WASHINGTON (Reuters) - Two consumer groups asked the Federal Trade Commission on Tuesday to create a “do not track list” that would allow computer users to bar advertisers from collecting information about them.
The Consumer Federation of America and the Consumers Union also urged the FTC to bar collection of health information and other sensitive data by companies that do business on the Internet unless a consumer consents.
The call echoed those of other privacy advocates who filed statements with the FTC on Internet companies’ use of “behavioral advertising.” That is the practice of tracking a computer user’s activities online, including Web searches and sites visited, to target advertisements to the individual consumer.
In December, the FTC approved Google’s purchase of advertising rival DoubleClick over the objections of some privacy groups.
At the same time, the agency urged advertisers to let computer users bar advertisers from collecting information on them, to provide “reasonable security” for any data and to collect data on health conditions or other sensitive issues only with the consumer’s express consent.
In comments to the FTC on online behavioral advertising, advertisers made clear a strong preference for self-regulation rather than government dictates on how personal data are collected, what disclosures are made to computer users and how long the information is stored.
Consumer groups said on Tuesday they were skeptical of self-regulation.
“Self-policing schemes are not enough to protect consumers’ privacy and offer no enforcement against improper behavior,” said Chris Murray, senior counsel for Consumers Union, in a statement.
“While companies like Google are trying to put pretty good practices in place, we don’t want to rely on the good graces of the companies because they might change their minds,” he told Reuters in a telephone interview.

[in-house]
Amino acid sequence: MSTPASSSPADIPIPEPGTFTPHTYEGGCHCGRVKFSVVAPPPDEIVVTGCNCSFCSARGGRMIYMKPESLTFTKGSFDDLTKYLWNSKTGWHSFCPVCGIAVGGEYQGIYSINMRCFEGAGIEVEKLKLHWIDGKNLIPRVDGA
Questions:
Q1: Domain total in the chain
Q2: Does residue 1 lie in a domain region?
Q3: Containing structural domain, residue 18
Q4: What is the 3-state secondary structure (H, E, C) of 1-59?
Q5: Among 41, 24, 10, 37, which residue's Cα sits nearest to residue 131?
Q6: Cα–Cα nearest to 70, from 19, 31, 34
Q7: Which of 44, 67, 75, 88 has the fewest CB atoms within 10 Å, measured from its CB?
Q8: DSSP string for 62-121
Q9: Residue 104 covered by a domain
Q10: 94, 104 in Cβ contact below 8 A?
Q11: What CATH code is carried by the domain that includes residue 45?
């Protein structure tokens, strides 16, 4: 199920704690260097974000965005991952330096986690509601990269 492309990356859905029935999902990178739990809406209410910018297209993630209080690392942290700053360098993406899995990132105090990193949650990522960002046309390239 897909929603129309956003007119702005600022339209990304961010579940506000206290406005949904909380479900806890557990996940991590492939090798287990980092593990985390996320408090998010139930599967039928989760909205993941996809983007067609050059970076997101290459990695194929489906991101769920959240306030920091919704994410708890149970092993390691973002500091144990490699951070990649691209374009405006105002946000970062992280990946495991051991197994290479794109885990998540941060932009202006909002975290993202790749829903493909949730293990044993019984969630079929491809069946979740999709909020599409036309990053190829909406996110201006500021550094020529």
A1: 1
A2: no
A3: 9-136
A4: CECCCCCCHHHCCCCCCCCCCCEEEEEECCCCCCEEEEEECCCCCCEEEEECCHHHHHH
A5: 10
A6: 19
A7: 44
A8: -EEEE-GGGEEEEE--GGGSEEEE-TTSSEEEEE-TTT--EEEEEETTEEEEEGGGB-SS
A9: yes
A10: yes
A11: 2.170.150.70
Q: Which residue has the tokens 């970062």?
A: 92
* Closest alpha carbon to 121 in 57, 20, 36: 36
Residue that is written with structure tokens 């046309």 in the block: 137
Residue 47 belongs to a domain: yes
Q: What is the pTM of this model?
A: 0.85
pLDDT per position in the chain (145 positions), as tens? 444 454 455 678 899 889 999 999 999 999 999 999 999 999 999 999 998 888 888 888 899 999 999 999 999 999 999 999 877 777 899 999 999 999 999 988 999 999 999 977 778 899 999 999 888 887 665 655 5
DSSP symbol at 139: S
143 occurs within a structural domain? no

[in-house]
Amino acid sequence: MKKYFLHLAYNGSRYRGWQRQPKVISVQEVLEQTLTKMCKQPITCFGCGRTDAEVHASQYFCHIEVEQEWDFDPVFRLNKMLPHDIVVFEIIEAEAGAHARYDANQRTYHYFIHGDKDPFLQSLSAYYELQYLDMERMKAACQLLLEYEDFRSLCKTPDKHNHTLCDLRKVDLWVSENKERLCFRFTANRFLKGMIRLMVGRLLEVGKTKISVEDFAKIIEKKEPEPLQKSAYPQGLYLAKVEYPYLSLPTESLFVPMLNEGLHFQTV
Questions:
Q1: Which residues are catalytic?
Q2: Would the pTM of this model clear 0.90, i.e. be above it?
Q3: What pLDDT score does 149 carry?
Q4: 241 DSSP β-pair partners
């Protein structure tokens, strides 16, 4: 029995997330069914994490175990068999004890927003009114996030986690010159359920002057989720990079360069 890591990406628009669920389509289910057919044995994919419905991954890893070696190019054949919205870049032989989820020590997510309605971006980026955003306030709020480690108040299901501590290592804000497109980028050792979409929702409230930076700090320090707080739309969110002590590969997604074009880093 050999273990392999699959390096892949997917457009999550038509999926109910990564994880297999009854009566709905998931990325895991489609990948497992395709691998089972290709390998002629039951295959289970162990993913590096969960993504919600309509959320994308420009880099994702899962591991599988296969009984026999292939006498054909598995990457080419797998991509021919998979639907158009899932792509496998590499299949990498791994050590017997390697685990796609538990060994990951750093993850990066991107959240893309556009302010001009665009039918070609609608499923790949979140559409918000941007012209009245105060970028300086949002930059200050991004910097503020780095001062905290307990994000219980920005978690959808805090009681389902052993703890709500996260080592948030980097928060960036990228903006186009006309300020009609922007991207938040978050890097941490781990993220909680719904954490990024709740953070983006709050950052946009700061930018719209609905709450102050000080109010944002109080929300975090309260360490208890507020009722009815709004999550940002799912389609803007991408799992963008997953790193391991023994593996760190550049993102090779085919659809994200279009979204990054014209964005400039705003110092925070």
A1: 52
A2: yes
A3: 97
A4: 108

Several child advocacy groups, including the American Academy of Child and Adolescent Psychiatry and American Academy of Pediatrics, urged the FTC to bar advertisers from collecting information on or advertising to anyone under the age of 18.
Several advertisers also questioned whether the FTC and privacy groups had established that any harm had been done by the data collected and pointed out that the advertisers subsidized the free information often sought on the Internet.
“The associations (of businesses and advertisers) strongly believe that self-regulation and leading business practices comprise the most effective framework to protect consumers and further innovation in the area of privacy and behavioral advertising,” the American Advertising Federation, Association of National Advertisers and other organizations said in a statement.
“We believe that any additional principles or guidelines should be issued only after the commission specifically identifies harms and concerns so that business is in a position to consider and address them,” the group said in its comments to the FTC.
Reporting by Diane Bartz; Editing by Gary Hill